An unceasing problem: soil-transmitted helminthiases in rural Malaysian communities

Al-Mekhlafi, M.S. and Atiya, A.S. and Lim, Y.A.L. and Mahdy, A.K. and Ariffin, W.A. and Abdullah, H.C. and Surin, Johari (2007) An unceasing problem: soil-transmitted helminthiases in rural Malaysian communities. The Southeast Asian Journal of Tropical Medicine and Public Health, 38 (6). pp. 998-1007. ISSN 0125-1562,


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Despite great development in socioeconomic status throughout 50 years of independence, Malaysia is still plagued with soil-transmitted helminthiases (STH). STH continue to have a significant impact on public health particularly in rural communities. In order to determine the prevalence of STH among rural Orang Asli children and to investigate the possible risk factors affecting the pattern of this prevalence, fecal samples were collected from 292 Orang Asli primary schoolchildren (145 males and 147 females) age 7-12 years, from Pos Betau, Kuala Lipis, Pahang. The samples were examined by Kato-Katz and Harada Mori techniques. Socioeconomic data were collected using pre-tested questionnaires. The overall prevalence of ascariasis, trichuriasis, and hookworm infections were 67.8, 95.5 and 13.4, respectively. Twenty-nine point eight percent of the children had heavy trichuriasis, while 22.3 had heavy ascariasis. Sixty-seven point seven percent of the children had mixed infections. Age > 10 years (p = 0.016), no toilet in the house (p = 0.012), working mother (p = 0.040), low household income (p = 0.033), and large family size (p = 0.028) were identified as risk factors for ascariasis. Logistic regression confirmed low income, no toilet in the house and working mother as significant risk factors for ascariasis. The prevalence of STH is still very high in rural Malaysian communities. STH may also contribute to other health problems such as micronutrient deficiencies, protein-energy malnutrition and poor educational achievement. Public health personnel need to reassess current control measures and identify innovative and integrated ways in order to reduce STH significantly in rural communities.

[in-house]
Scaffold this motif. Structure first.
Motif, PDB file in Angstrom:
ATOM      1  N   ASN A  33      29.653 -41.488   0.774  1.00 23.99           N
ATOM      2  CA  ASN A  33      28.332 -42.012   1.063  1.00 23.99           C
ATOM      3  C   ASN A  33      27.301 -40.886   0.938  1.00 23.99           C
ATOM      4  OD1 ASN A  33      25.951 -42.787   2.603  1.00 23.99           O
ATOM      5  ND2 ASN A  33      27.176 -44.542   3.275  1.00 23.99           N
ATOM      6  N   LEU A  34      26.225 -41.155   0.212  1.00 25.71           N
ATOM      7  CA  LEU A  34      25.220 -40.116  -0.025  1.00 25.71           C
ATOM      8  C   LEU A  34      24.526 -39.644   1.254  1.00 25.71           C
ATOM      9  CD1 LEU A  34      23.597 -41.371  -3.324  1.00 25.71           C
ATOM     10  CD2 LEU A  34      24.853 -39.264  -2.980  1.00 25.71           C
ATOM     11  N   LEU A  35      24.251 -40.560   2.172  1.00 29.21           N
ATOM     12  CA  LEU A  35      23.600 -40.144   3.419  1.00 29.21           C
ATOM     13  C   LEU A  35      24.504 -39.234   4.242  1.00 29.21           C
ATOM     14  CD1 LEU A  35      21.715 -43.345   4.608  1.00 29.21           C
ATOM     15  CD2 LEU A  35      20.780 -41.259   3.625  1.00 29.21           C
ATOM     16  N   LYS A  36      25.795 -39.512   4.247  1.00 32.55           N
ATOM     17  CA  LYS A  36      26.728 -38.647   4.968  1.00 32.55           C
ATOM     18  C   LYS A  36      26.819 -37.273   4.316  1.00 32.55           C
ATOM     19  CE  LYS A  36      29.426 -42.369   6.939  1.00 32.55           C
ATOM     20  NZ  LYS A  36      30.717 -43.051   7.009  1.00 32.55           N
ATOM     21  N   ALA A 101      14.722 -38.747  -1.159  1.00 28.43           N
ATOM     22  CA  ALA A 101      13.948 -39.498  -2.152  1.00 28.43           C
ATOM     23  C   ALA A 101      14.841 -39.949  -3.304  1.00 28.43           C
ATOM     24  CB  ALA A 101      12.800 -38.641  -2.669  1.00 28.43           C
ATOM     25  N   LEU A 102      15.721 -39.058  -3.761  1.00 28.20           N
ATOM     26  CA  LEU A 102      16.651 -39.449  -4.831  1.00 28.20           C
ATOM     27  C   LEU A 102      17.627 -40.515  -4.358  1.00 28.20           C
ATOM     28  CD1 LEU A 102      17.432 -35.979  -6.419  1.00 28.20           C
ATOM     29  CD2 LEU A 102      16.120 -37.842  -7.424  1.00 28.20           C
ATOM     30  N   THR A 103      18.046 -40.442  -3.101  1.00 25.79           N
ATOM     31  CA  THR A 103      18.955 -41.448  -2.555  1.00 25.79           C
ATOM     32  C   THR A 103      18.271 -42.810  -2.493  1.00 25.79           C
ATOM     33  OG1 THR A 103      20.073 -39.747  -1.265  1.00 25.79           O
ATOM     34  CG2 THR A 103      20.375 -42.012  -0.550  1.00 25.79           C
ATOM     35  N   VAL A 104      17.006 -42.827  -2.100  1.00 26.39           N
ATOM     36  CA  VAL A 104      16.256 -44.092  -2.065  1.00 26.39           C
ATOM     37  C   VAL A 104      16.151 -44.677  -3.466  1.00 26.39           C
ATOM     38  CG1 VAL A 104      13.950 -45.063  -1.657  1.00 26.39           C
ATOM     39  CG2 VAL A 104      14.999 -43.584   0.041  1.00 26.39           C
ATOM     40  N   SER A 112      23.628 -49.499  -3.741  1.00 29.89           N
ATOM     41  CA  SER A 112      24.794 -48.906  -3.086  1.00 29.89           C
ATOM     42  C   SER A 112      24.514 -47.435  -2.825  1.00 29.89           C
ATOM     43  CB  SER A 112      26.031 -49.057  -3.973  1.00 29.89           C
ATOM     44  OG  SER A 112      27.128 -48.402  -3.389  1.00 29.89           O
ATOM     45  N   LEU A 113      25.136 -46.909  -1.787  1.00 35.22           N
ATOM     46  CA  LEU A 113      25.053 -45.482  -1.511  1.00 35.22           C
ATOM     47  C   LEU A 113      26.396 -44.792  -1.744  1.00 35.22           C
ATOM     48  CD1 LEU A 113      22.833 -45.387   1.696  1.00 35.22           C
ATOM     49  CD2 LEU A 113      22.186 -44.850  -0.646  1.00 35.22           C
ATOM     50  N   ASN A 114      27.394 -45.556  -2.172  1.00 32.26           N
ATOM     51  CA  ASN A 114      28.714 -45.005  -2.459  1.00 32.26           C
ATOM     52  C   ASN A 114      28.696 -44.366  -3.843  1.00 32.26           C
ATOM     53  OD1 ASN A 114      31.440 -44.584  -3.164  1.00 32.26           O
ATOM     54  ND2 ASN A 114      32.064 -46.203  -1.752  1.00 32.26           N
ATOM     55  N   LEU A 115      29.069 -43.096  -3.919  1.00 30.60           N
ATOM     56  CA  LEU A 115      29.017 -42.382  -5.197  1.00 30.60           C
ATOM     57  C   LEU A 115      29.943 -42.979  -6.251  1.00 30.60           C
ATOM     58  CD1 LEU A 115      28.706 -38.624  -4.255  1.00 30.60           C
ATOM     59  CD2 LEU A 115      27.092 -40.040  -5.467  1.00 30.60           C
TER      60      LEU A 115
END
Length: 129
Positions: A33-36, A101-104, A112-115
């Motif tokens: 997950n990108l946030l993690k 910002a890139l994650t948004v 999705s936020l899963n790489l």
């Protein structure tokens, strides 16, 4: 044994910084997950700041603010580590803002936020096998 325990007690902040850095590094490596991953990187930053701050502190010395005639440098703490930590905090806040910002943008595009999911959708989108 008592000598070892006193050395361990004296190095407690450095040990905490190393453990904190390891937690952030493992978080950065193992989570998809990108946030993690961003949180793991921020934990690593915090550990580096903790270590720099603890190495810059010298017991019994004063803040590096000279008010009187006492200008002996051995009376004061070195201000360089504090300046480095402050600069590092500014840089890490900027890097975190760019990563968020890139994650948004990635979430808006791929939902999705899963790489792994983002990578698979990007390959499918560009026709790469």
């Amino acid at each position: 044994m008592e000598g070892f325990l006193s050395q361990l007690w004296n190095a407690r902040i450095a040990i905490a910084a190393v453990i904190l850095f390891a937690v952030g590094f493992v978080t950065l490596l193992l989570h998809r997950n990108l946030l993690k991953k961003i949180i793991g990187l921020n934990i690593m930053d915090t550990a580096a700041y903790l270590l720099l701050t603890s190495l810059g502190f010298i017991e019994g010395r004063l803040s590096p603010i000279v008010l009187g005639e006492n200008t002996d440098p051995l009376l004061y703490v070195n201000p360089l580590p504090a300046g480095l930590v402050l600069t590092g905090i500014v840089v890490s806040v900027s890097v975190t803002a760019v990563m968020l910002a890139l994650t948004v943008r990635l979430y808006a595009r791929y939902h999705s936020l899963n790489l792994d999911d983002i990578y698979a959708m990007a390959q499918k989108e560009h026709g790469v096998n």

Item Type: Article
Additional Information: Correspondence: Professor Johari Surin, Department of Parasitology, Faculty of Medicine, University of Malaya, 50603 Kuala Lumpur, Malaysia. Tel: 006-03-79674747; Fax: 006-03-79764754 E-mail:
Uncontrolled Keywords: Parasitology
Subjects: R Medicine
Divisions: Faculty of Medicine
Depositing User: jsurin johari surin
Date Deposited: 21 Jun 2012 00:46
Last Modified: 12 Apr 2021 03:54

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